Thursday, May 10, 2007
How an English homosexual named Archie Leach became the quintessentially American ladies man Cary Grant is a greater story than any of those he told on film during his prodigious career.
To the many "stars" whose careers fizzle after a decade or less, the over seventy films he made between 1933 and 1966 ought to serve as a primer on survival in Hollywood. They are romantic comedies, screwballs, dramas, and thrillers, and among them are some of the finest of their type ever made.
At a time when Hollywood's romantic leading men were infected with a bland sameness, Grant was a definite brand apart. In that way he was more akin with Gary Cooper and Humphrey Bogart than Robert Taylor and George Brent.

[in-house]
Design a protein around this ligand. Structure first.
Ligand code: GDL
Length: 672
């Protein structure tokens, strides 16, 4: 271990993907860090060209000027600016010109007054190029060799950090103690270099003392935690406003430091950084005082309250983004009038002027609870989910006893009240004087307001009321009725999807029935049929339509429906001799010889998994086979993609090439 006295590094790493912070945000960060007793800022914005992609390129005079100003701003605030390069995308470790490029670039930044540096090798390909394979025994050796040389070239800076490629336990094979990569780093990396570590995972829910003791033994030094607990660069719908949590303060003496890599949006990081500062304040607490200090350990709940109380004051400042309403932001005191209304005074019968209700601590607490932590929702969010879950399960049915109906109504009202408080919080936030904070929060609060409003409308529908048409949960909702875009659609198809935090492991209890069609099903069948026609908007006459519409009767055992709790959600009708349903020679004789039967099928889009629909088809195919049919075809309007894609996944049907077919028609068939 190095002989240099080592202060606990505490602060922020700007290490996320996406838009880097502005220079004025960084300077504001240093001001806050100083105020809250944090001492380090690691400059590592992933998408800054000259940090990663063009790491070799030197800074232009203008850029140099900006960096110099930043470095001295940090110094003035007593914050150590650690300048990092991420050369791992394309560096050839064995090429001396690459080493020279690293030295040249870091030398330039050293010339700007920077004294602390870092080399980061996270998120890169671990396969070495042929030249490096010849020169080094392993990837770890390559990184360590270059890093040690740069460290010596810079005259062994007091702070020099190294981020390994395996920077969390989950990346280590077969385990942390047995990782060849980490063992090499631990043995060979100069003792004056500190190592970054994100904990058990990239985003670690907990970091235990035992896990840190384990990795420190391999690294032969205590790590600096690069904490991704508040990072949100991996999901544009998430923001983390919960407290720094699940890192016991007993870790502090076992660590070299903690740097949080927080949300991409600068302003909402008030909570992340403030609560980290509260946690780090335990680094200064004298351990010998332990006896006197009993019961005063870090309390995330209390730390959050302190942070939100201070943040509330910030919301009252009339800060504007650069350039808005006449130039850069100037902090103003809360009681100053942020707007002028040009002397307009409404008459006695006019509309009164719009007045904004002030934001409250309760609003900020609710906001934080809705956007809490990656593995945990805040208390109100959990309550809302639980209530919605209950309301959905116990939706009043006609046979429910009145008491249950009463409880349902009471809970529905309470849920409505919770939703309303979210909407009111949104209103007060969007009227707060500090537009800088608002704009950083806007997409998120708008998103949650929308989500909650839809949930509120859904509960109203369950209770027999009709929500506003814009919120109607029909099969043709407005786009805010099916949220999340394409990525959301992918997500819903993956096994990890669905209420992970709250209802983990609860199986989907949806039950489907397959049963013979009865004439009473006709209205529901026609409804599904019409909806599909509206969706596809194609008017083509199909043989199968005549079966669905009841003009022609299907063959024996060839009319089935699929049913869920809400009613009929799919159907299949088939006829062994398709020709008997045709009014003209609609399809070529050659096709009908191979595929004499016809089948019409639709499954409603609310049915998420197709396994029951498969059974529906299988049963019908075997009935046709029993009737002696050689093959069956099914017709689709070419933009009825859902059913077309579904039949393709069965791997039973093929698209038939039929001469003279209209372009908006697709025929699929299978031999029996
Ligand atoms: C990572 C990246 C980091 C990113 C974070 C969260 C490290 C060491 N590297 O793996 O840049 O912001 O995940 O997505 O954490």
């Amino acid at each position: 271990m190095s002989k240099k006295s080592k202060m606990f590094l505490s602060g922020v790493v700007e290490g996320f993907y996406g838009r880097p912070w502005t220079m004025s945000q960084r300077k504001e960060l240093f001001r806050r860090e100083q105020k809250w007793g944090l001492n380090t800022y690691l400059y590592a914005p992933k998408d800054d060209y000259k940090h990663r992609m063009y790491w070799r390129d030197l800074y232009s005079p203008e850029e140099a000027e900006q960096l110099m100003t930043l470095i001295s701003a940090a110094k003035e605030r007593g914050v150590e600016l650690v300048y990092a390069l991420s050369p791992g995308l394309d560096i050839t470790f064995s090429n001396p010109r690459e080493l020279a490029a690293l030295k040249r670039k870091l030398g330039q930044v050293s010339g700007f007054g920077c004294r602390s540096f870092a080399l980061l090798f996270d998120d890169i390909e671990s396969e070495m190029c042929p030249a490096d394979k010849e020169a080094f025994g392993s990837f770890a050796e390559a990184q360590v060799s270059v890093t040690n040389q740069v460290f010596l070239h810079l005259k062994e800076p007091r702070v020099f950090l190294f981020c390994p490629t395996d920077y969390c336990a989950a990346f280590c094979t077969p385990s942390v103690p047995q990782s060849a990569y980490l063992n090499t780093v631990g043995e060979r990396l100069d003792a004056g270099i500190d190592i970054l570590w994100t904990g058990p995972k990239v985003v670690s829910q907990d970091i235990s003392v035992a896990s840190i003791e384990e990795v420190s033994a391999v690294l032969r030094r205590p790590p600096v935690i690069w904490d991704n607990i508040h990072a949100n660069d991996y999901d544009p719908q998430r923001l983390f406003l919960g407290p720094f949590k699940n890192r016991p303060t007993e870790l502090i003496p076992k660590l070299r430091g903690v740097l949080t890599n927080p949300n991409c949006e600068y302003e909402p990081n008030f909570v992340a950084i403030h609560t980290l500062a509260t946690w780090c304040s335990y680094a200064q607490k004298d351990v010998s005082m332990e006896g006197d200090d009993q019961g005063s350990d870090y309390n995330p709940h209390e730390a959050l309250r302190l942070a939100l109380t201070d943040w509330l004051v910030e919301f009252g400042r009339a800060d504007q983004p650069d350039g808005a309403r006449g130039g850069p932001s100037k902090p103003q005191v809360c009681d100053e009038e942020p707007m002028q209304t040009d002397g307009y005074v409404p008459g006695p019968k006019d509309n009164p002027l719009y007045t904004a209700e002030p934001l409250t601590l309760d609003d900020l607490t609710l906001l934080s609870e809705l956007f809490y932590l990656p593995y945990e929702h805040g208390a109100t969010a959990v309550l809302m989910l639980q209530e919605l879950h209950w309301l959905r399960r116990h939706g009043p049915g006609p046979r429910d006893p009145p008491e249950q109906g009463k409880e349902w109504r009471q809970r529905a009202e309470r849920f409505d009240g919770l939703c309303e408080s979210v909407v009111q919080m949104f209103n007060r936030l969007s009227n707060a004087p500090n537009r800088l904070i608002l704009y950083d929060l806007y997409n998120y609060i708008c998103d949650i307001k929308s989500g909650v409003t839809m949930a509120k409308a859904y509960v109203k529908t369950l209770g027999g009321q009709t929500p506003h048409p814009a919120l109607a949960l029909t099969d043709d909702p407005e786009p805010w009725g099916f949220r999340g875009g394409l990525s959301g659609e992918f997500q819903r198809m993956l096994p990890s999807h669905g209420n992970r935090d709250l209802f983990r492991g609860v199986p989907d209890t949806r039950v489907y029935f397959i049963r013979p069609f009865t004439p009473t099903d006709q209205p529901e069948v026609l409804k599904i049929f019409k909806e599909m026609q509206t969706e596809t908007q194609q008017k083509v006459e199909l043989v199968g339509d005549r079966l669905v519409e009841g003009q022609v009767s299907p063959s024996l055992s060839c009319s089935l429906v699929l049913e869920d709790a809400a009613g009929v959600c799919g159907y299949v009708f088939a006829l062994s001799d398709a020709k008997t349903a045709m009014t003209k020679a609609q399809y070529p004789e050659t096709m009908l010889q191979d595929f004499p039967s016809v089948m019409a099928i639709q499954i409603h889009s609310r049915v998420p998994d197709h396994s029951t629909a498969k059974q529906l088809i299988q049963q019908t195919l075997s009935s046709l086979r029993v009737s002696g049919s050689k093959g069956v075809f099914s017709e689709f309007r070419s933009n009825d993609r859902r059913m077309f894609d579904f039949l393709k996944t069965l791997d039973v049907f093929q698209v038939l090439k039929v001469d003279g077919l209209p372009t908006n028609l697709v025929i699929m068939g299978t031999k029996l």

I just bought a 5-movie box set of his earlier works, into which I am about to dive. Despite being familiar with Grant's oeuvre, not one of these titles was familiar to me. Their leading ladies are, though: Sylvia Sidney, Genevieve Tobin, Myrna Loy, and Joan Bennett. I was a tiny bit reluctant to buy it, as it's not released by a major studio, and films from the early 30s are of a notoriously poor quality due to print degradation.
Ultimately, I don't care; I'll squint through grit if I have to, in order to gain this glimpse into the early career of an enduring Hollywood legend.
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